-- It took me way too long to clock that the photography studio guy was clearly producing kiddie-porn. Mostly because I was wondering why they were bothering breaking into this weirdo's studio to develop film in the first place. Do one-hour photos not still exist? Amy knew the basic upshot of what was on the film, and two men kissing is hardly 'material too scandalous to risk outsiders seeing.'

-- Amy and Frank's compromise was to only burn down the studio instead of killing the guy. That was amusing.

-- OK, we get it. Curtis is a good guy who helps people. You don't have to show him magically knowing the specifics of homeless vets' glasses prescriptions. Also, how great was the moment at the end where Curtis essentially said to Dinah and Frank, 'We're not dealing with that plotline right now, please focus on the B plot.'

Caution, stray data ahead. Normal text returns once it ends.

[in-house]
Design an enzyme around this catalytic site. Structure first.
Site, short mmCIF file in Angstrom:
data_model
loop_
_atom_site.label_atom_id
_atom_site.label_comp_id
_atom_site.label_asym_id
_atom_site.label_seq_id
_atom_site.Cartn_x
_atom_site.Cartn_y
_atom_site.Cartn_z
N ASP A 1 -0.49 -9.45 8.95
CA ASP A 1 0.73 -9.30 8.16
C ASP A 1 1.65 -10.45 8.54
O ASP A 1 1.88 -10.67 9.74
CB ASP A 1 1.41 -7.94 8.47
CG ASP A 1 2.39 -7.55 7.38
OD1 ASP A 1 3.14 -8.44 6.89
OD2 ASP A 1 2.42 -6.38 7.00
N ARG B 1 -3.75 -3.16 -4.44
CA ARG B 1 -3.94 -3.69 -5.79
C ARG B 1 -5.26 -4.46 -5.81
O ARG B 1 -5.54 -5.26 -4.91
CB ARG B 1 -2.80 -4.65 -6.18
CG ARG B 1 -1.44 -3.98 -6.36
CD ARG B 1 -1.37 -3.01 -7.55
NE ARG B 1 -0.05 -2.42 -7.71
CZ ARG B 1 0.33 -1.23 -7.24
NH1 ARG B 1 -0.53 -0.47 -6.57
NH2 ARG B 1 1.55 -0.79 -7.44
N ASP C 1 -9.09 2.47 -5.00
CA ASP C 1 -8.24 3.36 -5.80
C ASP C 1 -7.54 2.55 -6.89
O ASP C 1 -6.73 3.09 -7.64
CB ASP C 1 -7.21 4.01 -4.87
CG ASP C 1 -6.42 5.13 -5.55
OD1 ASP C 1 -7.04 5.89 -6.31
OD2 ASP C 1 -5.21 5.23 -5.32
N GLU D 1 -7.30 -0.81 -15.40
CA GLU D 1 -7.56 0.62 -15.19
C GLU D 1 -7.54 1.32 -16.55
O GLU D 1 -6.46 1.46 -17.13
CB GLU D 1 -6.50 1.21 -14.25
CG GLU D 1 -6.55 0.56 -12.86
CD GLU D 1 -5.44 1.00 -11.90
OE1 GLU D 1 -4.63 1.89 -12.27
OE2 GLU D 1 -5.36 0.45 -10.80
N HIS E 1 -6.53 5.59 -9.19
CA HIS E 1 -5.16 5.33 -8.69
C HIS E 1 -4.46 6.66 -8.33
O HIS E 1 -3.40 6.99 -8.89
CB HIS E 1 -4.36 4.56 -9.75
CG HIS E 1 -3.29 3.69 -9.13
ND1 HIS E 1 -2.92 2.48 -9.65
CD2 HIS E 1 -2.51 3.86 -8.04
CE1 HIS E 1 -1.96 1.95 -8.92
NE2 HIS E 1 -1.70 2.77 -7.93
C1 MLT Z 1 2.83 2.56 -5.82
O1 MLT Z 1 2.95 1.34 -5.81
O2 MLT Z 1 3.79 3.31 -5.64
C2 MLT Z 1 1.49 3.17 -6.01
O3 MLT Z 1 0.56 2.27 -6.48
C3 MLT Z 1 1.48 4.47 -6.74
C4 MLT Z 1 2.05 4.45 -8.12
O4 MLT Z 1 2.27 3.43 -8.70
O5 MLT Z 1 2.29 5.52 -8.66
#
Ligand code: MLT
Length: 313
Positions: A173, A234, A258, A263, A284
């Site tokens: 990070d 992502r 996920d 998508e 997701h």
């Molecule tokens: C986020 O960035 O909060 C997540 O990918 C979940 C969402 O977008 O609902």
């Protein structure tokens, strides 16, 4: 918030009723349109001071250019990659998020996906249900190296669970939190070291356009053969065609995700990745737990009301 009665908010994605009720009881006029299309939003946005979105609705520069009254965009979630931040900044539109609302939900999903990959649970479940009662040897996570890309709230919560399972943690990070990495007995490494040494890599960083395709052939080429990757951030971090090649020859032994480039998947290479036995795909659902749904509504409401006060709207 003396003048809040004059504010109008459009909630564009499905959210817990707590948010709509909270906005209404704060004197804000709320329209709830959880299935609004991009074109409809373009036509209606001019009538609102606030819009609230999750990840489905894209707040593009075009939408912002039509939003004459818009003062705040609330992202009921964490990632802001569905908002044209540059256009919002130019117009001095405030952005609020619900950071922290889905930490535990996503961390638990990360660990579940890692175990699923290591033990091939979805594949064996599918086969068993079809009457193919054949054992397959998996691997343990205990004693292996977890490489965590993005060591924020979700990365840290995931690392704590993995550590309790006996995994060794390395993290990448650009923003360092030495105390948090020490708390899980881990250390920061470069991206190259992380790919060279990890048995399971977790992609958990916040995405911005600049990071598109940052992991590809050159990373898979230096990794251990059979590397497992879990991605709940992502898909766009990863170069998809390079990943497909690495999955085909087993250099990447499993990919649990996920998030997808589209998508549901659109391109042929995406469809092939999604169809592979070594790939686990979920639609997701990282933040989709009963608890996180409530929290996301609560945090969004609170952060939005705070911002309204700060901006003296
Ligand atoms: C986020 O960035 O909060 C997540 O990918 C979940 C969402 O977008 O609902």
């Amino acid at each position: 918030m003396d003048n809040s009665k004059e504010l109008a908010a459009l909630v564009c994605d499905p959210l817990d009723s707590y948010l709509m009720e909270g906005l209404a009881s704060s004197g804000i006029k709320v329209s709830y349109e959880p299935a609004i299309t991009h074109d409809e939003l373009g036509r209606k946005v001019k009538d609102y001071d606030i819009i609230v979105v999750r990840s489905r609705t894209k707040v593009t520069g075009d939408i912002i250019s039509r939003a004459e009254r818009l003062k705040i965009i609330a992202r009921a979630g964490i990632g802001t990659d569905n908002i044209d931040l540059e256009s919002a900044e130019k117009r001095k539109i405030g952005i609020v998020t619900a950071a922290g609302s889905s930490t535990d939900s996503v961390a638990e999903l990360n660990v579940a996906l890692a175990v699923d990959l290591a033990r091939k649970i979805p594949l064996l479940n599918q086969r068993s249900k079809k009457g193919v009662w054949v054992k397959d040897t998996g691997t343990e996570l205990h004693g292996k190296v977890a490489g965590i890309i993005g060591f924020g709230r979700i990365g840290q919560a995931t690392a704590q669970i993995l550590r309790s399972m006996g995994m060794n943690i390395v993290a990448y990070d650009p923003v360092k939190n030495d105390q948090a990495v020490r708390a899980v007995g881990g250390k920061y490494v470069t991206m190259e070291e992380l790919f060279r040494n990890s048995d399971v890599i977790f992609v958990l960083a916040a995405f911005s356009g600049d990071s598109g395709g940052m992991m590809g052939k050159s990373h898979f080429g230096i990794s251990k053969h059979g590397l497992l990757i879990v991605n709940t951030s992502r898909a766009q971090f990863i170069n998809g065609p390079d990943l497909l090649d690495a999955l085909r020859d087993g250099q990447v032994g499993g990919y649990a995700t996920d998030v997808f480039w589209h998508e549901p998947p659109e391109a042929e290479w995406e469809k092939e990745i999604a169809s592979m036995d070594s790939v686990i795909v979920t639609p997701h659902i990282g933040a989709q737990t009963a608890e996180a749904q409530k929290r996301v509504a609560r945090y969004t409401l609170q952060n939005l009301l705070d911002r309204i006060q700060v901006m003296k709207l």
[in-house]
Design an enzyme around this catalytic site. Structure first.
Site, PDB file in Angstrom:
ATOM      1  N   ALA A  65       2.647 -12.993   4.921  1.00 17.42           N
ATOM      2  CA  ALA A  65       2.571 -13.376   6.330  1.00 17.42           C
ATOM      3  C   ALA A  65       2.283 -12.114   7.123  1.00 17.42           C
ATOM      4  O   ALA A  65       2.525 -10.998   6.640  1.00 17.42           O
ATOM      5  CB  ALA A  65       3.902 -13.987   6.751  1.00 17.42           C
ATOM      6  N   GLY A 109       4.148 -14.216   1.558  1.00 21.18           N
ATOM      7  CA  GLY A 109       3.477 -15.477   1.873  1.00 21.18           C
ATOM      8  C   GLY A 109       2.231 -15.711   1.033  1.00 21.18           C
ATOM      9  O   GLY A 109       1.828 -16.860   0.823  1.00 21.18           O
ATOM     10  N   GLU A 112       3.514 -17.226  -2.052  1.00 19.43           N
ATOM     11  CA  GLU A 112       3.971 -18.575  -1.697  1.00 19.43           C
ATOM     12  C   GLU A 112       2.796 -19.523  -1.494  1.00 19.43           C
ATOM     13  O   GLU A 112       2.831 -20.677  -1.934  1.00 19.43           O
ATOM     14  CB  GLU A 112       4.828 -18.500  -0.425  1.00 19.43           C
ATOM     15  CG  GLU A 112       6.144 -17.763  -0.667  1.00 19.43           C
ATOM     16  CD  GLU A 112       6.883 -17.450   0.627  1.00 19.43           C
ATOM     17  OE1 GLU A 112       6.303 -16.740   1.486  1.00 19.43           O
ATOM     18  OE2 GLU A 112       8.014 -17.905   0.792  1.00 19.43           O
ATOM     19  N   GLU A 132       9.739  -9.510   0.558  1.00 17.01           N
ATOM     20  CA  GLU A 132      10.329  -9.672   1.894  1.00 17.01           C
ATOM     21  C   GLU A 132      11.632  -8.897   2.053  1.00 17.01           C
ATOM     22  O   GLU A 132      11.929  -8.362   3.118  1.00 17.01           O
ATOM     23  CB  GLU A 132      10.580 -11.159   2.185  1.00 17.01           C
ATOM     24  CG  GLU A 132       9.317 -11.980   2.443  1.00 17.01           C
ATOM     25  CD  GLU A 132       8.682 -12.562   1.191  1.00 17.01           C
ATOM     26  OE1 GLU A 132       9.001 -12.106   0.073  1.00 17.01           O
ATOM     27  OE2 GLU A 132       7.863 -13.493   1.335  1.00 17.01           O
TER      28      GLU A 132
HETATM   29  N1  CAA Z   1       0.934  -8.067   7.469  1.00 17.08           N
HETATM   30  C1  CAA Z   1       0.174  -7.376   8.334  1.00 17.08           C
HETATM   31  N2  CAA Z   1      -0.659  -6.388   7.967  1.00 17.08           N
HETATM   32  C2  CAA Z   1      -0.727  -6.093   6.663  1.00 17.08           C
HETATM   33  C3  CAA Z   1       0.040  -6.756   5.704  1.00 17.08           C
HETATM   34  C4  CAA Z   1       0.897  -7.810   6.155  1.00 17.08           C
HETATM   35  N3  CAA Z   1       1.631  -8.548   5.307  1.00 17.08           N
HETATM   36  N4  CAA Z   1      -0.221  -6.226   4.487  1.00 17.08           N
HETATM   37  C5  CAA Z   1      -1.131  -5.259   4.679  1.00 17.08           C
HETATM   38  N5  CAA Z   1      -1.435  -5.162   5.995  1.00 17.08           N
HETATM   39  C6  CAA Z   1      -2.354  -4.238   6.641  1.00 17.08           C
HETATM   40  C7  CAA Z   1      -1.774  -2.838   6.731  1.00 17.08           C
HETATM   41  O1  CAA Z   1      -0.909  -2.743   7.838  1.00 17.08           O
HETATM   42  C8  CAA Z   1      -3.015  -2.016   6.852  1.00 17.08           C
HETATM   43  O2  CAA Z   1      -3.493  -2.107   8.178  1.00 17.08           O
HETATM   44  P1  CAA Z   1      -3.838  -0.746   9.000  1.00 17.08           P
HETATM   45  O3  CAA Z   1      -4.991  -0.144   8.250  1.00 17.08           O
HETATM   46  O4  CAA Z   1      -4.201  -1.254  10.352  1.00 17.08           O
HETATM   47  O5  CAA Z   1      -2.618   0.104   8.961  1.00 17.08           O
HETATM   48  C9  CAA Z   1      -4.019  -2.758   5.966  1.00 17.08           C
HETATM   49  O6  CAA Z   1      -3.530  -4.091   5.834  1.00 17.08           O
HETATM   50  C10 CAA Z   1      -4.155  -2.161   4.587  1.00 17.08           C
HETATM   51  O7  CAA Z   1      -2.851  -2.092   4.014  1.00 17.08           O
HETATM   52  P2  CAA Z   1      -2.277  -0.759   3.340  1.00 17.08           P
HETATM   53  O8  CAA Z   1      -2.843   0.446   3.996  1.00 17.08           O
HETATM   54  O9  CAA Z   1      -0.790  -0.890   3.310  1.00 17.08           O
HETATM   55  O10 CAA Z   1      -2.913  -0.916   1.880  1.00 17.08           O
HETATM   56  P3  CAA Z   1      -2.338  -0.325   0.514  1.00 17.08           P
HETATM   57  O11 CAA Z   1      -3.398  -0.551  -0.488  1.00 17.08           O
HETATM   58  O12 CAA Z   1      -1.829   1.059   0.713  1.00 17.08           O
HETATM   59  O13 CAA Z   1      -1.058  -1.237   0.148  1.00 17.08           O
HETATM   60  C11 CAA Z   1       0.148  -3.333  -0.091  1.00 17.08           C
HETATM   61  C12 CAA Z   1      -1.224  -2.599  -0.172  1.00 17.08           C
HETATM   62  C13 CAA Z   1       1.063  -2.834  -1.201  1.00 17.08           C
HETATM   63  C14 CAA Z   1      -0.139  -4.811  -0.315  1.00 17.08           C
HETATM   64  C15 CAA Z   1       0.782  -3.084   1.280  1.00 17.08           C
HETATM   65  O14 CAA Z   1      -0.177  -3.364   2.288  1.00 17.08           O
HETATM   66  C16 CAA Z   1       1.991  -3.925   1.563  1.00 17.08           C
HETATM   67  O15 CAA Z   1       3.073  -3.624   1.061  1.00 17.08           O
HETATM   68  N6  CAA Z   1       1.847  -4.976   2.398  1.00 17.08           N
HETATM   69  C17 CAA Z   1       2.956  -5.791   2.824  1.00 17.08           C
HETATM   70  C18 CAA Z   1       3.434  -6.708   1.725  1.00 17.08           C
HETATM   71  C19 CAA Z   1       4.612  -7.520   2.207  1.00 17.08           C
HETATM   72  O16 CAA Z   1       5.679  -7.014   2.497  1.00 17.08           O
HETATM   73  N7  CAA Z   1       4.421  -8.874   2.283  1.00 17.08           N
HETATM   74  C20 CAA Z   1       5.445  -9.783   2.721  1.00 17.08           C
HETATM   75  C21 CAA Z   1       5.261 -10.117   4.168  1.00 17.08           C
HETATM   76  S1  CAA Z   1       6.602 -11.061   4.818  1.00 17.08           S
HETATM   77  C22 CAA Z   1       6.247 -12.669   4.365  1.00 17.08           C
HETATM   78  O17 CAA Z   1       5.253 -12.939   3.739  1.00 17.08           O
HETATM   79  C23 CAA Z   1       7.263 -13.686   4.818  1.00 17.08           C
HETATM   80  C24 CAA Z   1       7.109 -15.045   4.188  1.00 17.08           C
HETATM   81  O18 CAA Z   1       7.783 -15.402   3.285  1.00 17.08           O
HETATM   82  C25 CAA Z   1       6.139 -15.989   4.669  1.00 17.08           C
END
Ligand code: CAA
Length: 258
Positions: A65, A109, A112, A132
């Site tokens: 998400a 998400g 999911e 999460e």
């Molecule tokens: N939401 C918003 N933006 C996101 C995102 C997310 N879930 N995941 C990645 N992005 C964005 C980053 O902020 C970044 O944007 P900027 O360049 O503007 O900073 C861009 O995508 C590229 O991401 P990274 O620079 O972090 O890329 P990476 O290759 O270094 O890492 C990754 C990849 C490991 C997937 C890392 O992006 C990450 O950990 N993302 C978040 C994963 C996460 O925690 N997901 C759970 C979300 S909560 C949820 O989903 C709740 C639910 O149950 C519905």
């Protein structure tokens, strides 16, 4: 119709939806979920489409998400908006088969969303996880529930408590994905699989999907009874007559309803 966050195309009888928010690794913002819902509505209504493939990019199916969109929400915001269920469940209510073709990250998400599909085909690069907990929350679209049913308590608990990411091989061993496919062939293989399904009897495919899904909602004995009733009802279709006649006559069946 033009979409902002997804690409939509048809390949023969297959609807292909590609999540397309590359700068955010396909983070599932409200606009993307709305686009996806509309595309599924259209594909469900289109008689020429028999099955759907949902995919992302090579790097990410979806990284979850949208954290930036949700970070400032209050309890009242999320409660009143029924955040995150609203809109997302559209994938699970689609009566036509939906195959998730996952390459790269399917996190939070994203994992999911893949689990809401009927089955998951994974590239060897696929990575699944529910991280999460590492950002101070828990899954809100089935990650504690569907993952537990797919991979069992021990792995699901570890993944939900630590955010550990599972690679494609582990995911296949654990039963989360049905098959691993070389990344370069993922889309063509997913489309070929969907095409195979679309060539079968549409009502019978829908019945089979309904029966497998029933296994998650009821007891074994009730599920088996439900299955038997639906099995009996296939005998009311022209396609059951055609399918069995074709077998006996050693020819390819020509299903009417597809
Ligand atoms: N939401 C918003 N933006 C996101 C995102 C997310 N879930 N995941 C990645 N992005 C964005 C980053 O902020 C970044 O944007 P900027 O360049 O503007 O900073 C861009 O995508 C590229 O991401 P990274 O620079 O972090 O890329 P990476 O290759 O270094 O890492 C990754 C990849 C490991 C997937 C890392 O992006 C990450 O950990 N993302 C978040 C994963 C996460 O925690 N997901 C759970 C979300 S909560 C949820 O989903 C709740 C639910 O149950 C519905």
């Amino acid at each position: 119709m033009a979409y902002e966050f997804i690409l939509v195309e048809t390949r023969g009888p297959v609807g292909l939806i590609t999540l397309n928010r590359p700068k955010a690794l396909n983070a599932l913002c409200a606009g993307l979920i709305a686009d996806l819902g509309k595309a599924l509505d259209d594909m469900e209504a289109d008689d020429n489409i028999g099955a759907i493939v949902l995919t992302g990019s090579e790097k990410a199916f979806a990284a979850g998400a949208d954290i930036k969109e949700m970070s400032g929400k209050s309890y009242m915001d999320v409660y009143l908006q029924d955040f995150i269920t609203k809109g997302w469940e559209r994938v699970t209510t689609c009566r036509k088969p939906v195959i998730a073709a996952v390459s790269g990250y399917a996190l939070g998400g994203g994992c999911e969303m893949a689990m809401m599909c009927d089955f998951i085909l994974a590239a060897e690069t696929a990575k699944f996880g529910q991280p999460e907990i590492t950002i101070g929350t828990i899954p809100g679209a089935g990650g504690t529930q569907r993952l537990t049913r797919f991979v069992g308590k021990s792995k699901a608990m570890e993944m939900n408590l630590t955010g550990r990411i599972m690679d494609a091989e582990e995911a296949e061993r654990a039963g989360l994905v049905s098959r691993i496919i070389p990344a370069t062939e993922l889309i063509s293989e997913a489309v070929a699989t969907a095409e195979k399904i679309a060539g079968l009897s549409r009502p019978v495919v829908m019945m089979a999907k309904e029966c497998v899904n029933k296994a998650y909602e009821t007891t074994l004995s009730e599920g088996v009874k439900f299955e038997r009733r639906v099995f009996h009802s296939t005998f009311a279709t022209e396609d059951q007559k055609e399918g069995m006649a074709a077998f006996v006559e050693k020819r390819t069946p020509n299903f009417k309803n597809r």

-- Billy honestly doesn't remember what happened on the carousel. And he has a solid point; it would be really difficult to wake up and have all of your closest friends hate you but not be able to remember why.

-- Who is KM? Is it someone super obvious and I'm just being thick?

-- Mahoney's trick to get information out of the two hostages from last season's finale was genuinely clever. That's the first moment I've liked Mahoney.

-- So, Mahoney knows Frank was on the carousel, Curtis knows where Billy is, and Pilgrim is well on his way to finding Frank. That all felt like plot mechanics advancing, albeit in a satisfying, observable way.

-- Man, Polozney was just having the worst day. There was something charming about him, and I'm sad to see him go.


Frank: "I don’t really think about it."
Amy: "You don’t think about her?"
Frank: "I always think about her."

Amy: "Loss of curiosity is loss of humanity, Frank."

Frank: "Go for the joint. Joints are weakest."
Amy: "Yeah, especially on old dudes."

Frank: "Call me old fashioned. I don’t work with Russians."